Until I moved to Chicago, I didn't know that sponge candy was a regional treat. My co-workers were very afraid when I first offered them sponge candy, but ever since, they still ask specifically for some on my annual visits to the office.
I love sponge candy but it was the last thing on my mind yesterday at the craft show. My mom and I (well, mostly my mom) set up Wash My Cloth (our 'all About Us' page is up, thanks Lisa!) at the local middle school on Saturday. It was less than stellar. However, the day wasn't a bust. I met Louise.
Louise makes beautiful fabric dolls. Raggedy Ann and Andy, finger puppets and those Little Red Riding Hood dolls that turn upside down and inside out to become not only Little Red, but her Grandmother and the Wolf. Beautiful attention to detail and clearly made with love.
When there aren't any customers, vendors begin to commiserate with each other. I had mentioned why I thought selling through Etsy.com was a much better idea than a table in a gymnasium. One vendor heard me and the conversation began.
I was telling Louise about Etsy and she got out her pen and jotted it down on her notebook. I had a preconceived notion about Louise that she didn't know much about computers. I was clearly mistaken. Not only did she know a good amount about computers, she had a Facebook account and plays Scrabble on line with her family in Sweden. Then, we talked about my weaving. We realized we took the same weaving class at Buffalo State College with the SAME teacher. Louise had Nancy Belfer when Nancy just started teaching. I had Nancy the year before she retired. Small world.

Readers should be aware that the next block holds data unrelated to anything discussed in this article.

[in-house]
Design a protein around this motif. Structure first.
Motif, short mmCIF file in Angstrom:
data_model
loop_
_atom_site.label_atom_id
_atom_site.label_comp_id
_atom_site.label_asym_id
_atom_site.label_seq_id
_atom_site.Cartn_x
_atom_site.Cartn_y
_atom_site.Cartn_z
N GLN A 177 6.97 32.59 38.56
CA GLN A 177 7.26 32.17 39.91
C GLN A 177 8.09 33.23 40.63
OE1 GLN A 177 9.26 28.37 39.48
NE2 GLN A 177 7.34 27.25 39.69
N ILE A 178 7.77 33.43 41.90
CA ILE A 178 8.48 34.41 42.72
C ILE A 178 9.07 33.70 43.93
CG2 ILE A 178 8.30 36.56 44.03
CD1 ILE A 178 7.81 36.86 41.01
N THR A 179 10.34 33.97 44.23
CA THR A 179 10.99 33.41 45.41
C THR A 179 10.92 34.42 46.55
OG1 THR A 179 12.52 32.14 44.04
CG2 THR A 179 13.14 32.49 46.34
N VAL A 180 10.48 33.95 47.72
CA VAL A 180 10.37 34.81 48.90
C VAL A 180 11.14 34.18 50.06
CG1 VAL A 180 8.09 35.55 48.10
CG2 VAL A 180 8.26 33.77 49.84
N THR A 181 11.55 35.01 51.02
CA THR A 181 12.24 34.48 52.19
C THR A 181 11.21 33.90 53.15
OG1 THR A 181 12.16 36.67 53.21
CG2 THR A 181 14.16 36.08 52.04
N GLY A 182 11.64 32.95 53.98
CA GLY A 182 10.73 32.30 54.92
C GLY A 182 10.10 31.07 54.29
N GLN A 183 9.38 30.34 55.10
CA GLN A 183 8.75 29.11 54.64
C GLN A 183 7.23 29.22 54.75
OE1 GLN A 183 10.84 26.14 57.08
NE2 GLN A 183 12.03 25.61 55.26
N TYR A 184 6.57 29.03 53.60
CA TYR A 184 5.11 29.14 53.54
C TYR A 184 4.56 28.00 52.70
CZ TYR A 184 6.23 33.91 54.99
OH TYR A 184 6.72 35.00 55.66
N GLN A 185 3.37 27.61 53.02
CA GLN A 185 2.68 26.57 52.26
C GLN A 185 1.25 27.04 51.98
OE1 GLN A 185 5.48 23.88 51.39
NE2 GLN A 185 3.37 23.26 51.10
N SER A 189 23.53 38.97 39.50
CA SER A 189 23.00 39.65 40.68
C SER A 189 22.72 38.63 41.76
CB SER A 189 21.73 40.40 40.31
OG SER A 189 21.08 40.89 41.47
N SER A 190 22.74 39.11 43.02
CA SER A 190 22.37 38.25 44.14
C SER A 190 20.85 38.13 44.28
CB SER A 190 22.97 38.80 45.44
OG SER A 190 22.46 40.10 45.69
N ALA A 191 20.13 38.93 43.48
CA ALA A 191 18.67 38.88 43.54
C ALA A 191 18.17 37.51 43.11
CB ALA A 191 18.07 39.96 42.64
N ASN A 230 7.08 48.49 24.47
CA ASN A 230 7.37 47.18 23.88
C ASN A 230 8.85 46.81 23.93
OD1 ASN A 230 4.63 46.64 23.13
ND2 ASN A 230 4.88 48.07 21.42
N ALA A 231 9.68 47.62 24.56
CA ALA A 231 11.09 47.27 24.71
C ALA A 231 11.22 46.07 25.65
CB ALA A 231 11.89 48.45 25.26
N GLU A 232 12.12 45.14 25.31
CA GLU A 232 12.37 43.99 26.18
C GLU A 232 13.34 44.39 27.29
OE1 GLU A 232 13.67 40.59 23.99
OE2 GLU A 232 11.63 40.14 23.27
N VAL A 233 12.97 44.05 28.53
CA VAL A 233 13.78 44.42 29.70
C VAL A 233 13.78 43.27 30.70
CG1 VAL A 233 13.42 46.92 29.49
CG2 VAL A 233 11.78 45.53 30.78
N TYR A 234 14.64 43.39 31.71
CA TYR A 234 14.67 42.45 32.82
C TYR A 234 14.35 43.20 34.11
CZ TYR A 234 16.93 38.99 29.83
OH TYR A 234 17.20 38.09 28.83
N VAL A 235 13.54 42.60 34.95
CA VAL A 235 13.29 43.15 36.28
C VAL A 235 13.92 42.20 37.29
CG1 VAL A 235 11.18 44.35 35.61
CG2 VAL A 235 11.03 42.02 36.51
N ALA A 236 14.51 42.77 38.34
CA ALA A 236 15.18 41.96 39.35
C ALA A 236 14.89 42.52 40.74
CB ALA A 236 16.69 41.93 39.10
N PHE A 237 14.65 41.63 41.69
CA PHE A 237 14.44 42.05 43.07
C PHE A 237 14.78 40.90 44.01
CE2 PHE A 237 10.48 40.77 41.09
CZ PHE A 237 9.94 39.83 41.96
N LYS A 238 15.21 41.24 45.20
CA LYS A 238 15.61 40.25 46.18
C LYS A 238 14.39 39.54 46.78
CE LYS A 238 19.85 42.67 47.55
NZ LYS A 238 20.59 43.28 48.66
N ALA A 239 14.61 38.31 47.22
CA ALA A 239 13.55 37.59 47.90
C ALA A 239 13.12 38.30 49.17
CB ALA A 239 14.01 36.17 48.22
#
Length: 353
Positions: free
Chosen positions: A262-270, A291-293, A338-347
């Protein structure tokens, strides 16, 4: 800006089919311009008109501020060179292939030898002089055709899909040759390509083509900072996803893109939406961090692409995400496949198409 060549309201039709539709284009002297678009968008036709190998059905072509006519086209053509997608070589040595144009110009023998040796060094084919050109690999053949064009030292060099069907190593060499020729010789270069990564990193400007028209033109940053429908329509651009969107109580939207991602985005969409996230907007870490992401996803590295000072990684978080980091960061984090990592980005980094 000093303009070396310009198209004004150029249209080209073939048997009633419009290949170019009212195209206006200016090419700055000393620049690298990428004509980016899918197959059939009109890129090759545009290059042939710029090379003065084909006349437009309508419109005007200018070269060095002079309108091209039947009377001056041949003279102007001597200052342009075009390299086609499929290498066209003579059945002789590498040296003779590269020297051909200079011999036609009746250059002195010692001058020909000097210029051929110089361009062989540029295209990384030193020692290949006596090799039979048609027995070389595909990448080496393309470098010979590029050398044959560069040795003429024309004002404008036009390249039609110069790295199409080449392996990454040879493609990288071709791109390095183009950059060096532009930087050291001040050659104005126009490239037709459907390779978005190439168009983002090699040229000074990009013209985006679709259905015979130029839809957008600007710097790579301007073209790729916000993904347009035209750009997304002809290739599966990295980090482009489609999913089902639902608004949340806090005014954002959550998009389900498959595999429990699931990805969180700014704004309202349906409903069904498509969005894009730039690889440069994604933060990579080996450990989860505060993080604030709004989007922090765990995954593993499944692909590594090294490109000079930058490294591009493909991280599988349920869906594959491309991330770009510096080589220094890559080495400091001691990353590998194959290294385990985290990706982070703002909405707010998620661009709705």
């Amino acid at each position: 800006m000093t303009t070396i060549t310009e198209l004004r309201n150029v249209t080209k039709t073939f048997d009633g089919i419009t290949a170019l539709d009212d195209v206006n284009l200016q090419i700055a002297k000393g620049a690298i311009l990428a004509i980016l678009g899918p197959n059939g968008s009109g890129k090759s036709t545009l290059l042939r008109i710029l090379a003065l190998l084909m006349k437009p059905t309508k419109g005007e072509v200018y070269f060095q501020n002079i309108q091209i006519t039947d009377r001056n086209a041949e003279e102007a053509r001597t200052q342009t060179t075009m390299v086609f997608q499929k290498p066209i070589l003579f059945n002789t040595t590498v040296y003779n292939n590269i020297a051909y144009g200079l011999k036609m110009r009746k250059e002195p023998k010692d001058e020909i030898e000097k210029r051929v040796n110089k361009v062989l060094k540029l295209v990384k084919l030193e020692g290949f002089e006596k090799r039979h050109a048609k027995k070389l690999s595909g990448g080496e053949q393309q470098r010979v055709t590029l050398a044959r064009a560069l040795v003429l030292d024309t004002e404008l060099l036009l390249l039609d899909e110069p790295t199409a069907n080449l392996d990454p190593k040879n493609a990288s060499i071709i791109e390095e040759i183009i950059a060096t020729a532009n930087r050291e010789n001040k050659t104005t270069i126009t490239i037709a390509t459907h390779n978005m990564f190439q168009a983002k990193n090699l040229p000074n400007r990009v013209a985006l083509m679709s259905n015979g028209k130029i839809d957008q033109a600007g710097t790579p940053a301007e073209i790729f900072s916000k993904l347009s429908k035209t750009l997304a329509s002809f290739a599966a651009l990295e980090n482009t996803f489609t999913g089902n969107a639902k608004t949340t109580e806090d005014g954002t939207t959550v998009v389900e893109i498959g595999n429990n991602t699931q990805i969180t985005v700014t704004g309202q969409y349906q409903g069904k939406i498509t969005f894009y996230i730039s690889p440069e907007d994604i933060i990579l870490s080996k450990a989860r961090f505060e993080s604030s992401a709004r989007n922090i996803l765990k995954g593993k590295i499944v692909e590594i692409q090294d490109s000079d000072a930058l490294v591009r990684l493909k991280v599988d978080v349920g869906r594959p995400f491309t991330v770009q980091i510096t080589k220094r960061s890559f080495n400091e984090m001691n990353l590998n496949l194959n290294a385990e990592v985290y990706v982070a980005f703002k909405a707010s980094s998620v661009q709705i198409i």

But here is the magic. Louise makes her own sponge candy. I can't believe how few ingredients compose the sponge part. Here it is:
1 cup granulated sugar
1 cup dark Karo syrup
1 tbsp. white vinegar
1 tbsp. baking soda
24 oz Milk Chocolate (I used chips, melting chocolate would work, too)
Combine sugar, syrup and vinegar in pot. Heat to 290-300 degrees, stirring constantly. Remove from heat* and add baking soda. Mix well, pour mixture in baking pan sprayed with Pam or other quick release spray. Place in cool area**. Once dried, break apart***. Coat in melted milk chocolate. Eat!
* Not totally sure about this, I did remove from heat to add the soda.
** Not sure if it should be refrigerator or just a cool area. I left it on the counter and it seemed to sink. Could either be the lack of cool air to quick cool, or the fact that my Baking Soda could be from 2005.
*** This will yield odd shaped pieces. You won't be able to cut with a knife. Louise lays the knife on its side and taps the sponge to crack it. I jammed the tip of the knife in the sponge and tapped the end and it just cracked apart in decent sizes.
If my sponge didn't sink, it would definitely be comparable to the high end sponge candy. Mine was harder than the usual and didn't stick to my teeth as much as the commercially made sponge.
I am amazed at the small cost of ingredients relative to the cost of the commercially made sponge. Try it, it is easy, and can get some aggression out with the breaking of the sponge. And please add a comment if it works or doesn't work for you. Next time, I am going to try it with new baking soda and light Karo syrup.
I hope Louise doesn't think I am a stalker. I gave her this blog address.
She is going to think I am a stalker.
At least I am a crafty stalker with a sweet tooth.
Just found this on etsy.com, I must say, I am a bit scared. Talk about smelling like you were out all night drinking...